I will make almost all the food for Thanksgiving dinner. You only have to worry about pies and wine. You arrive early to help and for a little while we play some games that the kids can play. Then, we eat. After dinner, we banish the children downstairs where the bedrooms in our rental house are. (Your kids call it the “upside down house” because the bedrooms are downstairs.) They’ve been here many times by now and they know my daughter’s toys almost better than they know their own. When the kids get bored, we put on a movie in our bedroom and let them all pile onto our big king-sized bed. Once they are settled into Charlotte’s Web, we go back upstairs and someone pulls out a rare joint. With a good deal of wine and the great pot, within minutes the grownups are all two kinds of high and laughing. So much laughing.
After Charlotte’s Web wraps up, everybody goes home and everybody gets home safe and sound. This isn’t a scary story about drinking and driving (or smoking), and it isn’t about any of the many scary things people think about when they think about scary shit that can happen to their kids.
The scary part about that night at my house was what happened the next day.
Now, you have to understand that I was raised in a big family in a small house. We shared so little space that my mother gave us each a tiny box or cupboard which we called our “privacies” and which were absolutely inviolate. Nobody looked into or opened anyone else’s “privacy.” I’m sure she was trying to teach us how to respect another person’s privacy and because of her efforts in that regard I have excellent boundaries in certain circumstances. That is why I did not know that my boyfriend had a loaded revolver in his nightstand drawer. I must have had it in my head that his nightstand was his “privacy.” He had never lived with children before and he simply had no awareness of “child safety.”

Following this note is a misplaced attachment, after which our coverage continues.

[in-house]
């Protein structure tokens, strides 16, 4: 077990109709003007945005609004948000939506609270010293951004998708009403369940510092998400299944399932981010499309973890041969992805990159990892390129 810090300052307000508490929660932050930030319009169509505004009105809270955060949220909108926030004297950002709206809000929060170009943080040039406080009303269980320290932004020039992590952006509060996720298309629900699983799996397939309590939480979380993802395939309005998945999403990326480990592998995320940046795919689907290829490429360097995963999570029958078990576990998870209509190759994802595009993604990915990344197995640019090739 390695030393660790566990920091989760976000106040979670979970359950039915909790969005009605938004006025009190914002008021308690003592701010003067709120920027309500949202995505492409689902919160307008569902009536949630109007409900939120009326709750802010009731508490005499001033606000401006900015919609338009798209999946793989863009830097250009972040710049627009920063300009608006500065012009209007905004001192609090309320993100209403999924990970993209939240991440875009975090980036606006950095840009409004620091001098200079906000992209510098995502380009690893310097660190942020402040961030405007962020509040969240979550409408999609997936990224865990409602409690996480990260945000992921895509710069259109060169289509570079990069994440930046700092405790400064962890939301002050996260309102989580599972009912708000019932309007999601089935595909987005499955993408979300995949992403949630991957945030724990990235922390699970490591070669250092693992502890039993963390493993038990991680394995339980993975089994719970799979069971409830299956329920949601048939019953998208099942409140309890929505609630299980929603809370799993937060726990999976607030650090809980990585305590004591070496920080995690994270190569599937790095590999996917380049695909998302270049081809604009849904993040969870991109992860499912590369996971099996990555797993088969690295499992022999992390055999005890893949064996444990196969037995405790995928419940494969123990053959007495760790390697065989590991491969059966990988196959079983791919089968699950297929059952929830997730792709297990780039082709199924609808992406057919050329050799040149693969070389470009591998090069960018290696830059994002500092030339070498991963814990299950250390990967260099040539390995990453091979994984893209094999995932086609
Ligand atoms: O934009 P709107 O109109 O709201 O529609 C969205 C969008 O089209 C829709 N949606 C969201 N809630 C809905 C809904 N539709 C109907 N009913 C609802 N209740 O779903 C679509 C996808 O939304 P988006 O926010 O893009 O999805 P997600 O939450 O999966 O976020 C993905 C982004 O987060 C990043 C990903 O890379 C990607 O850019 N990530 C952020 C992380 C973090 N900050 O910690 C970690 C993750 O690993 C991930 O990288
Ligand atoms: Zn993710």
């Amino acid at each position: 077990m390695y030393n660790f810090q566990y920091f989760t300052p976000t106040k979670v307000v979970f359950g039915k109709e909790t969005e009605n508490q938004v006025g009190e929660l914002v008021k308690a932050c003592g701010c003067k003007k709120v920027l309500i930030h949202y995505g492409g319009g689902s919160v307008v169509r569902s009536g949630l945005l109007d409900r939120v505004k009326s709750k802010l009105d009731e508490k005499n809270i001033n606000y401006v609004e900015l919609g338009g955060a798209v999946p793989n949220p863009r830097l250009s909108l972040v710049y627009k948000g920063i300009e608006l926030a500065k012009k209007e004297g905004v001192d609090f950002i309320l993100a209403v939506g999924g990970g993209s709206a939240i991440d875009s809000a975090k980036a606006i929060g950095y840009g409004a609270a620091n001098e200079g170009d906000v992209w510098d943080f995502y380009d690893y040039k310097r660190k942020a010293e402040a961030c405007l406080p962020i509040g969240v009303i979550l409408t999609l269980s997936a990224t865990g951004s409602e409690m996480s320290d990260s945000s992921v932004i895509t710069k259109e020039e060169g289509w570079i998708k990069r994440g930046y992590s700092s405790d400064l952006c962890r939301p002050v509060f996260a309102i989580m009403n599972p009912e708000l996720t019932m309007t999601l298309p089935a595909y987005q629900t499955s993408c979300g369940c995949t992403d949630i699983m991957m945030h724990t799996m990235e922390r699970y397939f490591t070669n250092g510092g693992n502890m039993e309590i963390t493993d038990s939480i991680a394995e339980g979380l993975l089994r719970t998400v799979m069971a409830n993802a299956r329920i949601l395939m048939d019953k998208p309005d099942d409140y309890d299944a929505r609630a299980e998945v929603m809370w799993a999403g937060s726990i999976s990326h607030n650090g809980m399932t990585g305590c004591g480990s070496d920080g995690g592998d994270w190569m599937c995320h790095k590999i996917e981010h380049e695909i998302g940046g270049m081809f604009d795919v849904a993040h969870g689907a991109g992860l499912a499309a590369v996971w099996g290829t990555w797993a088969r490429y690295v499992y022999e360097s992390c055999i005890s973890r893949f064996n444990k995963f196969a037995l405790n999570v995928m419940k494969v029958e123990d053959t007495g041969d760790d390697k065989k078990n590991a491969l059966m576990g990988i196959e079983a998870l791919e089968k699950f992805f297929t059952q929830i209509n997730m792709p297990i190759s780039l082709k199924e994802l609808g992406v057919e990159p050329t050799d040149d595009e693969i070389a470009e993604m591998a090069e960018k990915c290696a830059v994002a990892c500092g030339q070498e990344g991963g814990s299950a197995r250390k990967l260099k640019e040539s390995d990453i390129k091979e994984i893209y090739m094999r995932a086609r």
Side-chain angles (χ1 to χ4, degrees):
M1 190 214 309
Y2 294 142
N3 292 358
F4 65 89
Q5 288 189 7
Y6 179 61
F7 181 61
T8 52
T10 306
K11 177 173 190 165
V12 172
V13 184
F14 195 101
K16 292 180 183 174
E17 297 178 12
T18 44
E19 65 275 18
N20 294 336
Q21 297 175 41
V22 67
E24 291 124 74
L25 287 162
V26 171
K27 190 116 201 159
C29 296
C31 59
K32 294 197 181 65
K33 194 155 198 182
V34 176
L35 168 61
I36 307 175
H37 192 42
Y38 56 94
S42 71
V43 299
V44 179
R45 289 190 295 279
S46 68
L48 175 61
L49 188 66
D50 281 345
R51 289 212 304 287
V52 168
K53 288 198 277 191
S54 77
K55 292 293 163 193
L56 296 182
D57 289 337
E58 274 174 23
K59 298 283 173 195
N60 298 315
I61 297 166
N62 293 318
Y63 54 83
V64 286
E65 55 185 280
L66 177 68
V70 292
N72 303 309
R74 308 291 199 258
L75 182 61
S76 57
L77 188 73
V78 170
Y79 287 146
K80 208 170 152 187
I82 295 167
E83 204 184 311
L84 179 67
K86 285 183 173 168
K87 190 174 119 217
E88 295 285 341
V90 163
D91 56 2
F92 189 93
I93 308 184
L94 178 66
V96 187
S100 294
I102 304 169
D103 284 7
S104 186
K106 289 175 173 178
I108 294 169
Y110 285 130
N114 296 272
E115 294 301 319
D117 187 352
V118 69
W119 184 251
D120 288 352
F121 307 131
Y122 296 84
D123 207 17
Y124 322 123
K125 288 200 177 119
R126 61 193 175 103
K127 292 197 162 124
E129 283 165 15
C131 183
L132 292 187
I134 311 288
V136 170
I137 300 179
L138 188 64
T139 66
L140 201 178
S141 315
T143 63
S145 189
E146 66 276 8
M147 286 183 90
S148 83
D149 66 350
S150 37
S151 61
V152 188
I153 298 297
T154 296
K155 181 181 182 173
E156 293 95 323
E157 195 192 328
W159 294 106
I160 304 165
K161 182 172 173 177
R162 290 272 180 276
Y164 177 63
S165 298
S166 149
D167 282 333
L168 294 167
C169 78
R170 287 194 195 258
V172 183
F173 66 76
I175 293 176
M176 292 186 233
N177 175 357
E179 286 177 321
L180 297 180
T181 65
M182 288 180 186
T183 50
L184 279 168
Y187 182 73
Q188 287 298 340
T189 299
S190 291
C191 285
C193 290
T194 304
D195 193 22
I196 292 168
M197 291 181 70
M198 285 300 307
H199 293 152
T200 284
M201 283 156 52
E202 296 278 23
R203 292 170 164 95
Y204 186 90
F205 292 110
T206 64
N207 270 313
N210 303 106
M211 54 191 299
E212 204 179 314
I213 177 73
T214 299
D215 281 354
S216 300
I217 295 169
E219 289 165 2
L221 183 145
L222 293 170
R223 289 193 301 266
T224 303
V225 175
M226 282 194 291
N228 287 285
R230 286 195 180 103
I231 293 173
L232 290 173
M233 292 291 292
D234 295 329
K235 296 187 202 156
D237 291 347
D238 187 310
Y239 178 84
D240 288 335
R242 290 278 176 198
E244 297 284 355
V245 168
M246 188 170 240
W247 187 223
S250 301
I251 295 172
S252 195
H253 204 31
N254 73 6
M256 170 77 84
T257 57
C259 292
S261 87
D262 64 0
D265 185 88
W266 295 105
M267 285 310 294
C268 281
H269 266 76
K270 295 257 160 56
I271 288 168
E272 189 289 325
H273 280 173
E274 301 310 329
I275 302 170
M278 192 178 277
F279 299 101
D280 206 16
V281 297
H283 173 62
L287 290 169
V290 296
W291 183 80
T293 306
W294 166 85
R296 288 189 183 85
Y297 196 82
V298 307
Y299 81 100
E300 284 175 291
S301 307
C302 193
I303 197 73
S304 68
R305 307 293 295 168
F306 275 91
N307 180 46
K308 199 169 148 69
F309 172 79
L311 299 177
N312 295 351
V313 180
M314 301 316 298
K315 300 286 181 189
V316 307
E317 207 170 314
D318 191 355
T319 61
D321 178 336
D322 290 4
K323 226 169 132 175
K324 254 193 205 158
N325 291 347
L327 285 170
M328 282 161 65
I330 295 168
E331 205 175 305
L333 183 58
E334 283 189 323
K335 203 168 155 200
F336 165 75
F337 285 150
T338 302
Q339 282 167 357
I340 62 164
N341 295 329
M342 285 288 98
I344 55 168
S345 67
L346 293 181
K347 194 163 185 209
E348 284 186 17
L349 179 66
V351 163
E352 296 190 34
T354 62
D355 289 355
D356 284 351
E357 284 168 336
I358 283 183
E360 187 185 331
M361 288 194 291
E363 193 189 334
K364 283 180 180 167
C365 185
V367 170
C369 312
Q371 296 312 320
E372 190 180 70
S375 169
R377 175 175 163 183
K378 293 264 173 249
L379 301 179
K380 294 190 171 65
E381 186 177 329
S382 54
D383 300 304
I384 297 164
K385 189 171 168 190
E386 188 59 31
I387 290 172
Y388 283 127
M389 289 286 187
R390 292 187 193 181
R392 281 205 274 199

I know that excuse for such a lapse is inadequate and I know that no parent would have mercy if the worst possible scenario had occurred because I did not know what I should have known. Believe me, I have since imagined a thousand ways that a parallel reality could have found all of our lives changed that Thanksgiving and I have imagined every possible outcome had one of those kids opened that drawer. (Probably, your oldest, the one who seems to get into the most mischief.) Had the worst occurred, no one who knew any of us would have been anything less than utterly shocked. Had the worst occurred, WE would have all claimed to be shocked. Because we never asked the question, “Are there any guns in your house? Are they locked up?”
Yesterday, I saw a Facebook exchange between two moms. They were discussing how hard it is to ask that question when your kid has been invited to play at another kid’s house. I agree, it could be a hard thing to do. But, I want you to know that, as hard as it is, you cannot make assumptions. Even the nicest people are sometimes stupid. I’ve been stupid plenty in my life, but nothing comes close to this: I once left six kids between the ages of four and six within three feet of a loaded handgun. Just ask.